Wherever there is a high energy initiative for change, whether a liberation struggle or reform of politics or institutions, there is conflict.  Not only across the table between the predictable antagonists, but behind it, brother vs. brother.  Just ask the Palestinians, the Syrian opposition, the ethnic minorities of Myanmar, or either of the political parties in the US, to name but a few current examples!

Like leaders in every other sphere – whether business, religion, education, you name it – agents of change often have huge deficits in conflict resolution skills. 

These leaders may be highly effective in maneuvering in upper levels of the pyramid.  For example, they might be good at wielding or brokering power.  But for leading a staff meeting of colleagues, many don’t have a clue about facilitation practices, even basic ones that can be learned in a weekend workshop.   

Or they get into vicious fights with people within their own movement who challenge them.   They claim credit for things others have done, or opportunistically seize positions and power at the expense of their own colleagues.  

The result is chronic frustration and blockage of processes among people serving beneath them and with groups who could be powerful allies. 

Where such things happen it reflects the reality of gaps in competency in the lower levels of the pyramid, often the first three or four levels.  

The consequences can be devastating.   Movements of thousands or millions of people, constructed over decades, are sometimes shattered when organizations fall apart due to rivalries and resentments among key leaders.

My illustrations have been from the world of political change and conflict resolution, but it’s the same in most professions and sectors, whether education, religion, human services, or business.  People in leadership may be widely esteemed for certain competencies.   But many have huge gaps of competency in conflict resolution in levels beneath the one for which they are recognized.

Even Many “Peace Professionals” Have Big Gaps

A big reason why so many fires of conflict continue to burn unresolved throughout the world is because even in the structures of diplomacy and international conflict resolution, individuals with solid competencies in all the levels required are exceedingly rare.  

I’m appalled by how many people I met in my years in the UN who carried mandates to support peace processes affecting millions of people, who clearly had no mastery of basic mediation and facilitation processes.   Or who were driven by personal needs for recognition and control that deeply contradicted their professional effectiveness.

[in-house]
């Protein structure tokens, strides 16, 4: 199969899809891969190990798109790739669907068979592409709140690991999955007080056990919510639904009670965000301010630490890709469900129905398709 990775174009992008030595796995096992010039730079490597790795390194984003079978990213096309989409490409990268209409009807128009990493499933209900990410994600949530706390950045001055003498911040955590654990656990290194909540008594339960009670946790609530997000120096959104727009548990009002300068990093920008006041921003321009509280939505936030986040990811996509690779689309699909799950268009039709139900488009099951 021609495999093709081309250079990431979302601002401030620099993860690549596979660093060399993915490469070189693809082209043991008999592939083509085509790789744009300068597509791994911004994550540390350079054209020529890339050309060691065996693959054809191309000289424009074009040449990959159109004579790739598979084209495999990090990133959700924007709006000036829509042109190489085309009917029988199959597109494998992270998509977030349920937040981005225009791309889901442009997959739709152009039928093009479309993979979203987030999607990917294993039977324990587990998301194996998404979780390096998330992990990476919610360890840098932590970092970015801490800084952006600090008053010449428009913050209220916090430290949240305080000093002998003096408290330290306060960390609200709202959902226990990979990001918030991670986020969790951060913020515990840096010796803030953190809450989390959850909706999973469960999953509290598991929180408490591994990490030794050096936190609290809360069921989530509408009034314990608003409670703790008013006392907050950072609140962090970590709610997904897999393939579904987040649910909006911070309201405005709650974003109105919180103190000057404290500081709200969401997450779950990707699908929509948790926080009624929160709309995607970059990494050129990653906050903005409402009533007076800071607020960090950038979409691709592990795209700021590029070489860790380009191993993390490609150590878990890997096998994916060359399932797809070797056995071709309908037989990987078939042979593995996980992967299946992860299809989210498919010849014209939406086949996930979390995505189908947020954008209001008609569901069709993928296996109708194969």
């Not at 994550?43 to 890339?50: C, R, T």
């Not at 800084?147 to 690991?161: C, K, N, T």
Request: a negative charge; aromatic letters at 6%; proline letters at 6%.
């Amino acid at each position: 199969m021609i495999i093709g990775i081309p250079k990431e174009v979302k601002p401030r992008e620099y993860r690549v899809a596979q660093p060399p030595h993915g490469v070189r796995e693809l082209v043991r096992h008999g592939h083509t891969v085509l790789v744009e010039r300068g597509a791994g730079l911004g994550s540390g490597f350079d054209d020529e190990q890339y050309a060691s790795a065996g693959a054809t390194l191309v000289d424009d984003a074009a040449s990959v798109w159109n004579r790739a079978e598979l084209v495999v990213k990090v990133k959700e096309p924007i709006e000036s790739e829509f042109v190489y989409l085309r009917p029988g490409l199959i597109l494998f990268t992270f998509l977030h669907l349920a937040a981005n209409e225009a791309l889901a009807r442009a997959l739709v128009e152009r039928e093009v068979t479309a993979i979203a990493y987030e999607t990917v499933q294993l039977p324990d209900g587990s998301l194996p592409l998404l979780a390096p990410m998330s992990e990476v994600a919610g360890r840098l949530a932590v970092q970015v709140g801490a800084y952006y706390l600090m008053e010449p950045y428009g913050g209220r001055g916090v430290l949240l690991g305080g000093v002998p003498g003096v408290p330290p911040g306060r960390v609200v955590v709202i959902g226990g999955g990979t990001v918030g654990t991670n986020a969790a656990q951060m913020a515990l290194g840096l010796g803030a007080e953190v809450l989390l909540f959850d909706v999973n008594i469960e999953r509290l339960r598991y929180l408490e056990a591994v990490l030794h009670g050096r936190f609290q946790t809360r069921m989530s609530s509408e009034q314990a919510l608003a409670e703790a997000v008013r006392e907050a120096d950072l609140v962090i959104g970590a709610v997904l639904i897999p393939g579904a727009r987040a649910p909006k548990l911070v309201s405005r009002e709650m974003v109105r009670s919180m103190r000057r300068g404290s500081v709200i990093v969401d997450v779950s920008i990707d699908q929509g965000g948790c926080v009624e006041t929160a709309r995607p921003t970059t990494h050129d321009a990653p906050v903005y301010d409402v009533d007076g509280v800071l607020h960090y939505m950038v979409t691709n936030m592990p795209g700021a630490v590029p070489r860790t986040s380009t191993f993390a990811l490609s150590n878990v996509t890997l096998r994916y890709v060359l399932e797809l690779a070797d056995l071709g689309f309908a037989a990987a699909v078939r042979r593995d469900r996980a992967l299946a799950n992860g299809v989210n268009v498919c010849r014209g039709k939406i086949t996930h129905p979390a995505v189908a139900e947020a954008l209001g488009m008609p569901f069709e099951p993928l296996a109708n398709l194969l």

Expertise is Required at Every Level

Every family, neighborhood, institution, enterprise, community, region, and nation has to manage difficult issues.  Even if outright conflict is not present, people have to talk things through and make decisions with others.  People skilled in the competencies described in the pyramid are a tremendous asset in this. 

To be serious about peaceful resolution of conflict, we need to train people at every level of the pyramid.   Five hundred years ago the idea that everyone should be taught to read and write was laughable.  Yet today we take universal education for granted.  

Someday maybe it will be expected that everyone gets training in the basics of conflict resolution, and that portions of the populace will be trained in the higher levels of competency. 

Can you imagine how different a world it would be if governments, political parties, religious organizations, businesses, medical institutions, etc., were led by people skilled in all the competencies corresponding to their position?   When that day comes, we’ll remember today as the Dark Ages of conflict resolution!

Selfishness, envy, greed, ego, and other weaknesses will still be with us.  But at least we will have a chance of reducing the consequences of our deeply rooted shadows.

Back to Conflict Styles Training